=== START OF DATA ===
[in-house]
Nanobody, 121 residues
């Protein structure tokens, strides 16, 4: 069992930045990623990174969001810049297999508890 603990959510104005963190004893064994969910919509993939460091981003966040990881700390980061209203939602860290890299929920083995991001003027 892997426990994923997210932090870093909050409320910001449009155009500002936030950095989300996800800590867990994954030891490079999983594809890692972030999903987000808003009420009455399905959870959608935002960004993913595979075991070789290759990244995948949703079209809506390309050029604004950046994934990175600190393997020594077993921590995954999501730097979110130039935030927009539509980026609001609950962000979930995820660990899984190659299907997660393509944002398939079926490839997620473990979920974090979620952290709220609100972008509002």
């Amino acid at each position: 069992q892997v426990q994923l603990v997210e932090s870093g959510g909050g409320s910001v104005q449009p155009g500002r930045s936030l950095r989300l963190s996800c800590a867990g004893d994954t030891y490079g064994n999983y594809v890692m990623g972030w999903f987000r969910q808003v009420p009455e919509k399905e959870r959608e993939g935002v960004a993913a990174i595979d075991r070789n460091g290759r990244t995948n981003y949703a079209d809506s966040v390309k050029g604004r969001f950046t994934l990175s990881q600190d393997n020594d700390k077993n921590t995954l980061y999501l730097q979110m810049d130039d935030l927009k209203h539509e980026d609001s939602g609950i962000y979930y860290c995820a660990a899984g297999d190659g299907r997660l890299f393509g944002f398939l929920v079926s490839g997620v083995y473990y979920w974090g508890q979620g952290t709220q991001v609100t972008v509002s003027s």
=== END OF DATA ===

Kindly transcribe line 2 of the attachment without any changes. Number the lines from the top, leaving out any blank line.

Nanobody, 121 residues